STAR SCHOOLS GRANT
On September 10, Deputy Secretary Bill Hansen announced a $10 million Star Schools grant to help the Western Governors University (WGU) launch its Teachers College, a national telecommunications network that will provide accredited, online degrees and certificates to K-12 teachers and prospective teachers. "Our schools need more well-trained teachers who have the benefit of instruction in training methods that have proven to be effective in helping children to learn," Hansen said. "Teachers College will be unique in that it will serve working adults who are already teaching in schools but who are seeking additional instruction to help their students." The Star Schools program supports the use of technology -- via telecommunications networks -- to improve the teaching of literacy and job skills, as well as various subjects such as math, science, and foreign languages. In addition, the program assists underserved populations such as disabled, disadvantaged, and limited-English-proficient students. WGU is a consortium of 19 western states and about 40 universities. Teachers College will provide certification and advanced degrees in reading, math, science, technology, and English as a Second Language (ESL) and a professional development portal for ongoing training and the development of existing teachers. FOR MORE INFORMATION, PLEASE GO TO http://www.ed.gov/PressReleases/09-2001/09102001.html.
HIGH SCHOOL MOTIVATION
The National Academy of Sciences has commissioned a panel of education experts to begin a year-long examination of what motivates students -- especially those in urban high schools -- to learn. The Committee on Increasing High School Students' Engagement and Motivation to Learn will not conduct original research but rather "review, synthesize, and analyze" the current body of knowledge in a wide variety of fields, including education, psychology, sociology, and behavior science. From that viewpoint, the committee will examine how various factors (curriculum, instruction, peer pressure, and socioeconomic forces) affect students' enthusiasm for schoolwork. Conversely, the group will also investigate how students' motivation affects their academic achievement, high school completion, college enrollment rates, and access to desirable employment. The final report will be sent to a broad spectrum of policymakers, from federal officials and state superintendents down to teachers and local school administrators, depending on funding. FOR MORE INFORMATION, PLEASE GO TO http://www.national-academies.org/bocyf and select "Current Activities."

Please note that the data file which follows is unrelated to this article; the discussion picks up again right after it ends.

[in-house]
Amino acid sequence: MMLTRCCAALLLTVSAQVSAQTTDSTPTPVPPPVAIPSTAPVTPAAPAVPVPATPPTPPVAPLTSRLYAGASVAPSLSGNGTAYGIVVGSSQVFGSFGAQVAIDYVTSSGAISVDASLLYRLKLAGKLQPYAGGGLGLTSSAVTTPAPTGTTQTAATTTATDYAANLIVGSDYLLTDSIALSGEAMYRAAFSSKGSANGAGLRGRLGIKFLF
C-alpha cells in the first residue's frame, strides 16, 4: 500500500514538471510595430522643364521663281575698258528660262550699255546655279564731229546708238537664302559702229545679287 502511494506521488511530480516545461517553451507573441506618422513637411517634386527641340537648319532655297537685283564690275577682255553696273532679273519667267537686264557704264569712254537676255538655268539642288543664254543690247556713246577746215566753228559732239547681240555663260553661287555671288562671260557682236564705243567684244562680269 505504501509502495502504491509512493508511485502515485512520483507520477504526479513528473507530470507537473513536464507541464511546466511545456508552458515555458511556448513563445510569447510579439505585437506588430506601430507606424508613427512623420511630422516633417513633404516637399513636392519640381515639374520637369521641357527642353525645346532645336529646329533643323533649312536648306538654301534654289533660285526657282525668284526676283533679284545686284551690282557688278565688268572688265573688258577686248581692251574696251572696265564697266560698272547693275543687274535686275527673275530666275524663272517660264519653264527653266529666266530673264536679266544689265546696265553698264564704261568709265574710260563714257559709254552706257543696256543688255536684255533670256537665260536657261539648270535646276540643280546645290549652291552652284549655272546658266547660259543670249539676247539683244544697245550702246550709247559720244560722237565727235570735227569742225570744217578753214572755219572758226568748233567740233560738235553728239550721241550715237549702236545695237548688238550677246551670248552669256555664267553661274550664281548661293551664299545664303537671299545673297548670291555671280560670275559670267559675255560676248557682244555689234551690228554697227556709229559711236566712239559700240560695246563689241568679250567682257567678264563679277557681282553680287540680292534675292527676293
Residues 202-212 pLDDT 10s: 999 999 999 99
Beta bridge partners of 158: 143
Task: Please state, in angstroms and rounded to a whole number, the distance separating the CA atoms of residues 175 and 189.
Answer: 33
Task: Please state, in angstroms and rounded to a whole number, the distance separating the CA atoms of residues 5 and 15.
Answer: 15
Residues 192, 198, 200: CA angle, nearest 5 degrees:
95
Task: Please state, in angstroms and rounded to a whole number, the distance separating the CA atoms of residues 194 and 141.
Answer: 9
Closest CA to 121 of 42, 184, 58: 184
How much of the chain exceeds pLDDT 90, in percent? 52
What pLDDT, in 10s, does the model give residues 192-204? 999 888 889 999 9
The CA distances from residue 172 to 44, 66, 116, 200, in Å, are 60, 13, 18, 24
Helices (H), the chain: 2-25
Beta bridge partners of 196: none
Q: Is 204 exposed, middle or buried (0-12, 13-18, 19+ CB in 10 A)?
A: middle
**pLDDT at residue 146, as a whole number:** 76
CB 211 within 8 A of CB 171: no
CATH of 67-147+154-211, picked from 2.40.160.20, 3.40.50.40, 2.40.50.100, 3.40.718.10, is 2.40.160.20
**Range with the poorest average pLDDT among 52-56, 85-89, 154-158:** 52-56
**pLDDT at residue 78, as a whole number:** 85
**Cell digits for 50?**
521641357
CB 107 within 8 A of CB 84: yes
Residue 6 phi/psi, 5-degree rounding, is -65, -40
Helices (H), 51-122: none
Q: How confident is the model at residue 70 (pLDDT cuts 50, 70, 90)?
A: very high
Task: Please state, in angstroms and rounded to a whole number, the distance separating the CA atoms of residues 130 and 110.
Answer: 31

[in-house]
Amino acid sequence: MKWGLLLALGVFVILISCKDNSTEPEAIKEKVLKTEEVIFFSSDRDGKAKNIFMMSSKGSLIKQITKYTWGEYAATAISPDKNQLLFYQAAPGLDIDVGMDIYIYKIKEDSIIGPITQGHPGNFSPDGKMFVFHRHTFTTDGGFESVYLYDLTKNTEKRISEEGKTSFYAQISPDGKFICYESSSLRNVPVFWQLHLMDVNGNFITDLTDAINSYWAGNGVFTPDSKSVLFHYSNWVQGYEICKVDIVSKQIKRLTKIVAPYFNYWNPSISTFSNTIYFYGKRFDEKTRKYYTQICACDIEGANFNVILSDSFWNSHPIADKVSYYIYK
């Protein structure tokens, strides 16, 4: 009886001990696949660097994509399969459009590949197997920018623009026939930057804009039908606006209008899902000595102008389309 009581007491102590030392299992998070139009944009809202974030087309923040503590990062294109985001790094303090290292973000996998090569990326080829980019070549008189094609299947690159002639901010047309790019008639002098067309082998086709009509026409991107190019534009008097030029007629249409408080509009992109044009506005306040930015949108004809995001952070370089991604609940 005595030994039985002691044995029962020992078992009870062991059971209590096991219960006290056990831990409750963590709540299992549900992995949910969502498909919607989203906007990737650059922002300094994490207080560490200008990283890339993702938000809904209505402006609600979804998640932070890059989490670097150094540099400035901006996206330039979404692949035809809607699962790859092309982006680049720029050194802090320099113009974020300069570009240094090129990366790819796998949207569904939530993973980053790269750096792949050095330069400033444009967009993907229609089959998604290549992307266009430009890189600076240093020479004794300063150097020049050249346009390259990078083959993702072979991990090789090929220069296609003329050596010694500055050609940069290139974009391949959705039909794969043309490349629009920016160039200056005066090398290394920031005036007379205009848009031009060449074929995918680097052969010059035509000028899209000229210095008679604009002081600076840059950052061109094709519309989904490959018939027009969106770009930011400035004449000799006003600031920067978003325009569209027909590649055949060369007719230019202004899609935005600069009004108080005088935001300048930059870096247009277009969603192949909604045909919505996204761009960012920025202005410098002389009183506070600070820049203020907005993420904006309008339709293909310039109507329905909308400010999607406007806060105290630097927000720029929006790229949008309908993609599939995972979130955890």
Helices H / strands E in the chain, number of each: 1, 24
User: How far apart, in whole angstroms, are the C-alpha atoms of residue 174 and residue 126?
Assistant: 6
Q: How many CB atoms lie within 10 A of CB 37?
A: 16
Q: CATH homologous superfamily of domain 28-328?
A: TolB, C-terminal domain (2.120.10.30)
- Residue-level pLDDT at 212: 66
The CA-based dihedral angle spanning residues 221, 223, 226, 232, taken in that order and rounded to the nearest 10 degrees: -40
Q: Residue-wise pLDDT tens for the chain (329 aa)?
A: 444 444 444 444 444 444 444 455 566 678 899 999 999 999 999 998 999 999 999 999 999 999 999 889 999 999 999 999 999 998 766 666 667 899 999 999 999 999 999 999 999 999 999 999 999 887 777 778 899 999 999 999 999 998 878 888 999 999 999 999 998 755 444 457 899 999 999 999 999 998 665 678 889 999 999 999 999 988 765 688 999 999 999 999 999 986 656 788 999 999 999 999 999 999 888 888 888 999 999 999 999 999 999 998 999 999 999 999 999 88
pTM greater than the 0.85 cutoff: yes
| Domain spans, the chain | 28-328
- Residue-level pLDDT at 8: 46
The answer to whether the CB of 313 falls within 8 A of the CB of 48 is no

MAKE THE ANSWERS MATTER
"Thirty-five years after Lyndon Johnson started this effort, we've spent $147 billion on federal government programs. Unfortunately, this investment didn't come close to fulfilling its purpose. So we have to ask ourselves some questions. What is the federal role in education really doing for our children? How could we spend all this money and not win results? Why is it, after 35 years of federal involvement, that 70 percent of inner-city and rural fourth-graders cannot read? Until now, there have not been very satisfactory answers to those questions -- but that is changing, because our culture of education is changing. We are starting to ask these questions of every school and child, every year. We are starting to make the answers matter. We are starting to demand results, not excuses. We need to spread the message to every parent and teacher.... The message is that every child can learn. The message is that public schools are a public responsibility, and every member of the public should take that responsibility seriously. The message is that it's time to stop making excuses and start measuring and producing results. The message is that it is time to stop funding failure."
-- Education Secretary Rod Paige (9/4/01)
You are cordially invited to the Interagency Disability Educational Awareness Showcase (IDEAS 2001) scheduled for October 2 and 3 in Washington, DC. The conference features workshops, discussions, and exhibits highlighting new methods to increase accessibility to information and technology for people with disabilities. Vendors will showcase accessible solutions, assistive technologies, universal design principles, and service programs, all of which emphasize federal compliance with Section 508. There is no cost to register or attend. FOR MORE INFORMATION, PLEASE GO TO http://www.cessi.net/ideas/.
Mark your calendars for one of the Department's 2001 Improving America's Schools (IAS) regional conferences: Mobile, AL (October 17-19), Reno, NV (November 13-15), and San Antonio, TX (December 17-19). Each conference represents an ideal opportunity for members of the community, including businesses, to learn more about the Department's programs and priorities and explore ideas to better promote equity and excellence in schools. FOR MORE INFORMATION, PLEASE GO TO http://www.ncbe.gwu.edu/iasconferences/.
Please feel free to contact the Office of Intergovernmental Affairs with any questions:
OIIA Home [Corporate Involvement in Education]